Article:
Every once in a while, my 7 year old wakes me up in the middle of the night to help him get back to sleep. He has had a nightmare and is scared to lie awake in his bed.
I’m so honored when he wakes me up. Of course, I always feel honored when people tell me one of their dreams. Dreams are windows into the soul.
Dream symbolism is your unconscious mind’s native language. So every dream is a message from your world- just maybe not a part of your world you are familiar with.
“Mommy,” he whispers with big sad eyes, “I had a dream and now I’m scared.”
Together we walk back to his bed and I ask him if he wants to tell me the dream. Sometimes he chooses to and other times he doesn’t want to because it feels too scary.
Either way, after he shares or decides not to, we set about using our imagination to create a new dream story line. He knows it will not replace the bad images but we have done this enough times that he trusts in the process (and loves our time together, just like me).
I start with, so what do you want to dream? Let’s come up with the best dream possible- where do you want it to be? he always says the same place- Grandma and Papaw’s house; Ooh, yea! I agree, and who is there with you? where are y’all and what are you doing?
Sometimes everyone he knows is there, other times it’s just him, me and his Dad. We set about imagining all of us riding together on the big blue tractor. One time he decided we were having a party inside the house.
The point is to get him putting all the details he can into words, and then, once he is on a roll, I tell him, “Now, close your eyes, relax and see if you can picture all of this in your head.”
If he has trouble, I begin to repeat his details very slowly to him until his imagination can take over.
When I was a little girl, I remember my mom comforting me through some of my own nightmares. I remember she would rub my back with just the right amount of pressure and the right figure 8 pattern that would lull me back into sleep. But, I also remember the fear that would rise up in me the second her fingers changed pace. “She’s leaving.” I thought, “She thinks I’m asleep already.” But I wasn’t asleep and I was afraid she would leave and my fear would return.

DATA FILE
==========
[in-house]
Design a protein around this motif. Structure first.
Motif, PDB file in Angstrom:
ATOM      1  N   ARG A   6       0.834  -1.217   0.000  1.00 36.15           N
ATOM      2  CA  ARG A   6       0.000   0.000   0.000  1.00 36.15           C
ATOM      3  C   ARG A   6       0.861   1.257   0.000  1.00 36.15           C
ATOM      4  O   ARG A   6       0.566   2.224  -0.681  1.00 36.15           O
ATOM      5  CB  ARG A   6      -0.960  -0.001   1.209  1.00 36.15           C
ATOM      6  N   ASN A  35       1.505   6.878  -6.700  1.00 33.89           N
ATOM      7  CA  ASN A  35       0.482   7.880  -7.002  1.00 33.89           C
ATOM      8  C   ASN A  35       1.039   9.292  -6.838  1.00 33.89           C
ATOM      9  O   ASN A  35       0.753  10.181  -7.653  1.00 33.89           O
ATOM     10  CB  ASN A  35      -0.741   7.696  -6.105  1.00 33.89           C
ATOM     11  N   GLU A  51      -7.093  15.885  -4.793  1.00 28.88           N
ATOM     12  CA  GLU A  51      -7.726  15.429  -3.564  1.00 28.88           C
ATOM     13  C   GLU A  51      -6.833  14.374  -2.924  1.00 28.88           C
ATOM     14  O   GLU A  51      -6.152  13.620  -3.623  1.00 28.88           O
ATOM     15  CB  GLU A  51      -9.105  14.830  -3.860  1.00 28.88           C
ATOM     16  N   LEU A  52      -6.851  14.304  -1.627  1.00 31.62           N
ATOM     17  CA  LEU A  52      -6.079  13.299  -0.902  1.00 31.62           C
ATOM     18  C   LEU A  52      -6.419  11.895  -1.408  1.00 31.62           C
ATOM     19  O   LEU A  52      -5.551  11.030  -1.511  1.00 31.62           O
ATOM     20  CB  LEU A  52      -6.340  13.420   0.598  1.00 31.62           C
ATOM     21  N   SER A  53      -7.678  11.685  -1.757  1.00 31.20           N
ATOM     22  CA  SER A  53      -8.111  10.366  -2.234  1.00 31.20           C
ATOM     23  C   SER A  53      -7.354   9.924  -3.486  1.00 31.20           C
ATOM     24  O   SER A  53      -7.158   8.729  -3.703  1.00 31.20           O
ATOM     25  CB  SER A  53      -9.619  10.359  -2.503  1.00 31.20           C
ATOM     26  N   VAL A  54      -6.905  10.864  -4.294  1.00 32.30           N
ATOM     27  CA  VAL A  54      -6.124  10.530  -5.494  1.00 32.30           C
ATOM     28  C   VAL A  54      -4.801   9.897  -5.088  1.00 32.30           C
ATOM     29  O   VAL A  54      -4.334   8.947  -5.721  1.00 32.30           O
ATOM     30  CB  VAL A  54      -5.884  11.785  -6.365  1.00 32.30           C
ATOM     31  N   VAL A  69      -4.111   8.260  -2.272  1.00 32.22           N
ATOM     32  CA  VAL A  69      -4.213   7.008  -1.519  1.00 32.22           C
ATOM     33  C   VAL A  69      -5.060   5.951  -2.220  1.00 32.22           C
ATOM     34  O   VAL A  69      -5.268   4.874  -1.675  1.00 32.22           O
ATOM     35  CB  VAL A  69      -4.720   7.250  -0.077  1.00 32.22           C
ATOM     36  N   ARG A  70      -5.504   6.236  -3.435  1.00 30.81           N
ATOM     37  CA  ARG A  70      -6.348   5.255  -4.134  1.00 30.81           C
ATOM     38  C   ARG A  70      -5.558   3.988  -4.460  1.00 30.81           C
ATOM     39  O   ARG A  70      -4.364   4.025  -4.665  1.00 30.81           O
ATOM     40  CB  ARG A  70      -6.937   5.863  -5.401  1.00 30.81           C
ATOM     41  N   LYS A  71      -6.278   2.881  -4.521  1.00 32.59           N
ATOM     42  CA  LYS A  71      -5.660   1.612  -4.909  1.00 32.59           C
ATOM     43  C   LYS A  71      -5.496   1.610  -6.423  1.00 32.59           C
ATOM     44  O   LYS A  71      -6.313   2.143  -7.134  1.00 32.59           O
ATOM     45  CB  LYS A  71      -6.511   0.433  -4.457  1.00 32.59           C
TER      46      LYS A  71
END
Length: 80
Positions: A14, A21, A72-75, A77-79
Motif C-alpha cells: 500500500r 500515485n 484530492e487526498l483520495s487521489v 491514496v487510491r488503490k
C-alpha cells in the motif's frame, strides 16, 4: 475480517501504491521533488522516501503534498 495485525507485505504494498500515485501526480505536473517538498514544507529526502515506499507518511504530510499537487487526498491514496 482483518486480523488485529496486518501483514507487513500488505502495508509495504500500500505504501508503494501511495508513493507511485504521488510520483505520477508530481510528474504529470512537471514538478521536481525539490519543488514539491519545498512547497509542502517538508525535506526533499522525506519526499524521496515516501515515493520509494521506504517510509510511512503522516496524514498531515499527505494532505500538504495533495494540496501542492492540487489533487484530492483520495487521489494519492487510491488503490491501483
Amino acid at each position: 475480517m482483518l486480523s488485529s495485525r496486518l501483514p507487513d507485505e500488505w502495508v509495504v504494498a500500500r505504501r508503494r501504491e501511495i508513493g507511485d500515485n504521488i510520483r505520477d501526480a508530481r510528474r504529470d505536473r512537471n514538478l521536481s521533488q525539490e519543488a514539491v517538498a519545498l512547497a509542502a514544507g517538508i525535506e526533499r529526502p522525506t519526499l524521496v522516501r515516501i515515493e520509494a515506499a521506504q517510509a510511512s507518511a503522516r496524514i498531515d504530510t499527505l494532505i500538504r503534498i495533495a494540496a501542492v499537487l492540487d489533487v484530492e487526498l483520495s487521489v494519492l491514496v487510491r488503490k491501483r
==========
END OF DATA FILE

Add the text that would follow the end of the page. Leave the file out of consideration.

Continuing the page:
Because I have those memories, I have made an effort to be very clear with my son about when I am going to leave. I usually will tell him, as he begins to play the new dream in his mind, “I am not going anywhere, I’m just still and quiet so you can work on the dream. I will tell you when I am going back to bed.”
This is such an important part of our routine. He trusts that I will not leave him until he feels strong enough to be in the room alone.
And finally, once he is silent for long enough that I can sense he has relaxed, I will softly let him know, “Ok, I am going back to my bed. Come get me if you need me.”
“Ok. Night, Mom,” he says. And I know he is good until morning.
This ritual of ours is one of my most cherished practices.
Do you have practices of your own that you relish in? I’d love to hear about them.
Sweet readers, please follow like comment and share if this post resonates with you. Thanks ~Sweet Georgia Pam